Casebeer / Roberts Bill introduced in Maryland
January 12, 2012
A proposed new law which came about in response to death threats published on a social media site this summer against lesbian activist Cathy Brennan was introduced in the Maryland House today.
House Bill 8, introduced by Delegate Mary Washington would amend Criminal Law Section 3-805 concerning Harassment via Electronic Communication to include harassment via electronic communication other than email.
This law will correct a prosecutorial gap in Maryland’s criminal code which became evident last summer when Kentucky Fairness Campaign’s Anthony Casebeer and blogger Monica Roberts posted death threats against Ms. Brennan on Facebook with the following exchange:
Casebeer: “Pimp slap is not enough here: a nice home run swing to the head with a 38-oz Louisville Slugger is more in order. There’s no brains in her head to destroy to start with. It’s personal, and if I ever saw her in my windshield, I’ll be wiping blood off my white Buick. But I won’t be using the brakes.”
Because of the gap in the Maryland criminal code Casebeer and Roberts escaped prosecution. The new law will enable the judiciary to impose misdemeanor conviction including imprisonment and fines for the first offense and up to three years imprisonment for subsequent convictions.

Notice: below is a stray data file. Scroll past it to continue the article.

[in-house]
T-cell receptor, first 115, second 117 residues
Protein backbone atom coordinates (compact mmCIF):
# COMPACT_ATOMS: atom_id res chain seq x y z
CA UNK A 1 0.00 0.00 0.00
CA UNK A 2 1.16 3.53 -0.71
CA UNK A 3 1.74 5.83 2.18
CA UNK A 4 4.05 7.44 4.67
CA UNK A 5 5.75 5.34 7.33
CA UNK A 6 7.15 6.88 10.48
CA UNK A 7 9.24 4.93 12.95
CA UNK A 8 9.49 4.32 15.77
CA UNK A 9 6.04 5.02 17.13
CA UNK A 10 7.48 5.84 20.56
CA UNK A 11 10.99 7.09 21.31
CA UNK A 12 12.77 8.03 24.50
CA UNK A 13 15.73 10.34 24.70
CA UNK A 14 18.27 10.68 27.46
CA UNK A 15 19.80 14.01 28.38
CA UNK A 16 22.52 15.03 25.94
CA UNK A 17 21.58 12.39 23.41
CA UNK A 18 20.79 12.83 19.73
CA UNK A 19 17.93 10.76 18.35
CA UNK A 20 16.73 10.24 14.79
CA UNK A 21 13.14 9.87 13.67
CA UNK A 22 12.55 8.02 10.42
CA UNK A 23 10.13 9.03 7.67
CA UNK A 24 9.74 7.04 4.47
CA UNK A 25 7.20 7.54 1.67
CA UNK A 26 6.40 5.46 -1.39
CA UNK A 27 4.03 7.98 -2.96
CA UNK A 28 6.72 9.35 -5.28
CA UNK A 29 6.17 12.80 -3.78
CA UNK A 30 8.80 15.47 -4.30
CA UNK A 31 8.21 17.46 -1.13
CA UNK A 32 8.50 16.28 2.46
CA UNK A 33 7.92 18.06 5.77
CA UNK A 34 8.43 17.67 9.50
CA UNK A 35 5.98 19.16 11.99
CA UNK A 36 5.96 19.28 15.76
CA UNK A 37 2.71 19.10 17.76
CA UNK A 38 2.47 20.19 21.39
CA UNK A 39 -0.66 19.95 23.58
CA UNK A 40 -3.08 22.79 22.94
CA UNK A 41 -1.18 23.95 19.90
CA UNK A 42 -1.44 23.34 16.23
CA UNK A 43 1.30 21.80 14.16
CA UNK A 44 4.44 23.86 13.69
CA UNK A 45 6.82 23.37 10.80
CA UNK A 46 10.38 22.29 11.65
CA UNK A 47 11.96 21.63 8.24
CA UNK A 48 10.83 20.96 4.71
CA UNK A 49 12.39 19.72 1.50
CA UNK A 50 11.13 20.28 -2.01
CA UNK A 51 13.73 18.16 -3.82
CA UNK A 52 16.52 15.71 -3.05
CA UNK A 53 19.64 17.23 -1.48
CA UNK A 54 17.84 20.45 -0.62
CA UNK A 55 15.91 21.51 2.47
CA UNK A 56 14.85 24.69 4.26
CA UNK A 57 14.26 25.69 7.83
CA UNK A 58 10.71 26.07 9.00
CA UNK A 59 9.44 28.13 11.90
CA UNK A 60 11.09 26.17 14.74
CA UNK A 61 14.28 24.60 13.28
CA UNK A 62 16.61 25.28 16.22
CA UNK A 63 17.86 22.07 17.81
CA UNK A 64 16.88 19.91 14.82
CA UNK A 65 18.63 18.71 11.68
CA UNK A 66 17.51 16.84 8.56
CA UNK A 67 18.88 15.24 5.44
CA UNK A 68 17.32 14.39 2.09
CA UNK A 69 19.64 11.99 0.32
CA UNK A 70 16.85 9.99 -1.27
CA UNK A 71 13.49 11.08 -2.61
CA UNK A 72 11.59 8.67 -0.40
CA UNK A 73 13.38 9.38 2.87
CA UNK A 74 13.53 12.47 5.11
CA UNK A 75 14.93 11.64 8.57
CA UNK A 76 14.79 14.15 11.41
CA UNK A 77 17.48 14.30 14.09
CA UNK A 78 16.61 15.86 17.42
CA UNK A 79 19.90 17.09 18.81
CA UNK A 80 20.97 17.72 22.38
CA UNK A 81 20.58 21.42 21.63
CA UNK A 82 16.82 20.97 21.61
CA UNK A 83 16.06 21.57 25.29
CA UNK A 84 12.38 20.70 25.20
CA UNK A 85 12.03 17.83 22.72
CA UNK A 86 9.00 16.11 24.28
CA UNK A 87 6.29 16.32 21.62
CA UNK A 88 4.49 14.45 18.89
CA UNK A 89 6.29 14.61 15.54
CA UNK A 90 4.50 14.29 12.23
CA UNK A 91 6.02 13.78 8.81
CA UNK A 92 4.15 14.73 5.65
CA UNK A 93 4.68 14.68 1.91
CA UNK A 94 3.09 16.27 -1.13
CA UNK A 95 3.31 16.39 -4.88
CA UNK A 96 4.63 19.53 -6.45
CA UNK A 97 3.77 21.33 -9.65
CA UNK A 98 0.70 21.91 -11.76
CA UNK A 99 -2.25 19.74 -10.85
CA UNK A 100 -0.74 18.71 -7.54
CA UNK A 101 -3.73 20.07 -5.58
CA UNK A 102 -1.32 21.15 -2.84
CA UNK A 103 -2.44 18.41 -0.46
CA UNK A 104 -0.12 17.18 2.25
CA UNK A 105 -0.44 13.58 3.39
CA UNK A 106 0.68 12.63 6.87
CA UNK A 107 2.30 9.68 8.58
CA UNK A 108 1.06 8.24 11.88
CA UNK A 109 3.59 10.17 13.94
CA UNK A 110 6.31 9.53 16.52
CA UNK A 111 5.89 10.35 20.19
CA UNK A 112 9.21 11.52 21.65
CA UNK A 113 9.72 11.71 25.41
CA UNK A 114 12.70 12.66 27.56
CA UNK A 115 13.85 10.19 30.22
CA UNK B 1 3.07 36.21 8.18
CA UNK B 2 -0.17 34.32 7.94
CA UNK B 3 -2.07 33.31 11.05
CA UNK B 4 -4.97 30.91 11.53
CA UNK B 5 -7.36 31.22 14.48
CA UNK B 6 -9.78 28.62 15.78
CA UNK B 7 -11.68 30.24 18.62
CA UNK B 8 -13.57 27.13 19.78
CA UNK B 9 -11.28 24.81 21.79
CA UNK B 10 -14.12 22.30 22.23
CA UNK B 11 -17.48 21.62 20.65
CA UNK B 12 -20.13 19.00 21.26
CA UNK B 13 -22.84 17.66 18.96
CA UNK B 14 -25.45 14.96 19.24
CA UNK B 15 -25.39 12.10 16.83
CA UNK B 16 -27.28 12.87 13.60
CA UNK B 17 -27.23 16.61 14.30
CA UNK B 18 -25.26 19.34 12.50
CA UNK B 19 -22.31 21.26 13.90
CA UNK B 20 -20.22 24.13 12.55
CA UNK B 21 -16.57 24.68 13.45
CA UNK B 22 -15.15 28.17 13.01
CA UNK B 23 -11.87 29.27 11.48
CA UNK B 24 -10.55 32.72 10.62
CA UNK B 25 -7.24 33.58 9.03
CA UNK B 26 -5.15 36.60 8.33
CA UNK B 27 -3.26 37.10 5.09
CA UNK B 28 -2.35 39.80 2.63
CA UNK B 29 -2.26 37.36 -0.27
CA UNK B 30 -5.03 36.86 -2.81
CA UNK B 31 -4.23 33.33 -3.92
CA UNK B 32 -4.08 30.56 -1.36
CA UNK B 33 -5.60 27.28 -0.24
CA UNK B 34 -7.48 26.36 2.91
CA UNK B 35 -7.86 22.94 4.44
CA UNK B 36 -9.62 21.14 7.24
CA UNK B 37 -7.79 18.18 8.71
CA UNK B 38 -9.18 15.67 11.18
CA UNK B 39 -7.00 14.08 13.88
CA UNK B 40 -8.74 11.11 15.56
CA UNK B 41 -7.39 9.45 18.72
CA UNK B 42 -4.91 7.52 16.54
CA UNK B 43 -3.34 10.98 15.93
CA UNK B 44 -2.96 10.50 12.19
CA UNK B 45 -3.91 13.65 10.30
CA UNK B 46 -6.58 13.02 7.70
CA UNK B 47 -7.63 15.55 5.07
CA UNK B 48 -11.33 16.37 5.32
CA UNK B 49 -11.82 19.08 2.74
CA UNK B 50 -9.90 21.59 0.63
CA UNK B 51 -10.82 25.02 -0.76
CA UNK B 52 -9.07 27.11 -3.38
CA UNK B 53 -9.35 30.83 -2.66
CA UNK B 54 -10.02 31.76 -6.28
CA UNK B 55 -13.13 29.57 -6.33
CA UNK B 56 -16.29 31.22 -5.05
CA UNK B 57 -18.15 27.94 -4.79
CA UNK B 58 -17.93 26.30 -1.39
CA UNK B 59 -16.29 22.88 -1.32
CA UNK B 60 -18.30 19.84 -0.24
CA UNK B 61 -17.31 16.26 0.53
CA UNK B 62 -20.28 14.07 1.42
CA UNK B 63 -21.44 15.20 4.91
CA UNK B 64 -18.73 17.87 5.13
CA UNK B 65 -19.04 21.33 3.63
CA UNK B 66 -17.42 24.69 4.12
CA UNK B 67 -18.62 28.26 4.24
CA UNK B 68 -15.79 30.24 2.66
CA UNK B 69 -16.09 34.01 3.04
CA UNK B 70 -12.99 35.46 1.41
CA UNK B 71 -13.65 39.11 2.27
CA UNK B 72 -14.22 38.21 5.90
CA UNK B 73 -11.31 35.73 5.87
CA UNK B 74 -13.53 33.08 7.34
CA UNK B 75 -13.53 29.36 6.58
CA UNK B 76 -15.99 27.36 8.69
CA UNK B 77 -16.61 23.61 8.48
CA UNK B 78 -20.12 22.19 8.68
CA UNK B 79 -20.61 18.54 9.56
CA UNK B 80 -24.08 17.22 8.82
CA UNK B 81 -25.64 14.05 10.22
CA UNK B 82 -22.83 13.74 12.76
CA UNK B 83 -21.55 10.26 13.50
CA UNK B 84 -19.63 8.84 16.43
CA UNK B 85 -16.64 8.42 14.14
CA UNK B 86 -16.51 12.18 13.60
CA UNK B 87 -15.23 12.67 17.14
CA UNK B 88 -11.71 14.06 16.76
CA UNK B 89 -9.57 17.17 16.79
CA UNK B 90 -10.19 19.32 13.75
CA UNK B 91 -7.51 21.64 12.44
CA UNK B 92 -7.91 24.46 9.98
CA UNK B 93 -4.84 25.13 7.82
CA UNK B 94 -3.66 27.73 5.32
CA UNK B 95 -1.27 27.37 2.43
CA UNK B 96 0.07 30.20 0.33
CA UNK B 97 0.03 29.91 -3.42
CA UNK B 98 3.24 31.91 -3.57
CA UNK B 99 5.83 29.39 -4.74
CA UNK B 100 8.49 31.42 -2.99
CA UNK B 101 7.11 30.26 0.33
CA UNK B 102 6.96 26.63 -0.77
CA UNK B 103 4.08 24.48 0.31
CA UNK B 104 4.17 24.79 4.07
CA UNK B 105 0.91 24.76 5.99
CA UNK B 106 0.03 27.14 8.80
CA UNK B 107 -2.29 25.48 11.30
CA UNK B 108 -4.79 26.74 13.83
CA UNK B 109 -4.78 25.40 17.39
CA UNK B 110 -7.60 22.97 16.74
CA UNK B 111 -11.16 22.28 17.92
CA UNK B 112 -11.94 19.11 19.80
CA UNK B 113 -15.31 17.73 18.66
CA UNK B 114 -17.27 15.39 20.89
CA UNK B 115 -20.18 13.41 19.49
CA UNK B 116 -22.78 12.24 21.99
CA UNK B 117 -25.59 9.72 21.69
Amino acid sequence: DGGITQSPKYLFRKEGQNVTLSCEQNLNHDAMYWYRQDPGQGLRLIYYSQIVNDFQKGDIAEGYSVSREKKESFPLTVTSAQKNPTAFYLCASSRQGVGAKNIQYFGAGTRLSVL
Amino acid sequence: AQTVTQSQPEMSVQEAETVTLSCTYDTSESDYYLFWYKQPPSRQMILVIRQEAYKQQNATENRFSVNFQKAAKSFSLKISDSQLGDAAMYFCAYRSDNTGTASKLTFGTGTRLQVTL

“For the past 3 months, I have been working with Delegates Sandy Rosenberg and Luke Clippinger to develop legislation that would amend Maryland law by broadening the types of communication that are covered under harassment statutes. Maryland’s existing electronic harassment legislation was last updated in 1998 and applies only to “electronic mail” (email) that is sent and received by an individual “identified by a unique address”. By changing the language from “mail” to “communications” and striking the requirement that these communications be directed towards an individual at a unique address, “texts” will be covered and possibly direct communication from social media and networking sites.
Thirty-eight states, including Maryland, have enacted laws to sanction electronic harassment. Of those states, more than half (22) include language that is broad enough to include most forms of electronic communication. Maryland’s neighbors- Virginia, Pennsylvania and Delaware- all have electronic harassment laws that pertain broadly to most forms of electronic communication.
In developing this bill, we’ve solicited the technical advice of the Attorney General’s office to ensure that we address concerns about the protection of free speech under the First Amendment. As we all know, verbal and oral communications can be considered as speech that is either “protected” or “unprotected” based on a number of criteria. These criteria include a distinction between public and private forums. The challenge that we must address is that many of the newest technologies are, by design, intended to publicize interpersonal communications. For example on Facebook walls, photo album “tags”, blogs, posts and threads make public the individual to individual exchange of words and blur the lines just enough to allow individuals to use these to harass, intimidate and bully.
Despite these challenges, it is in the interest of public safety, that we take this clarifying and significant step to close this legal loophole in our harassment laws that allows perpetrators to evade prosecution and leaves Marylanders unprotected.”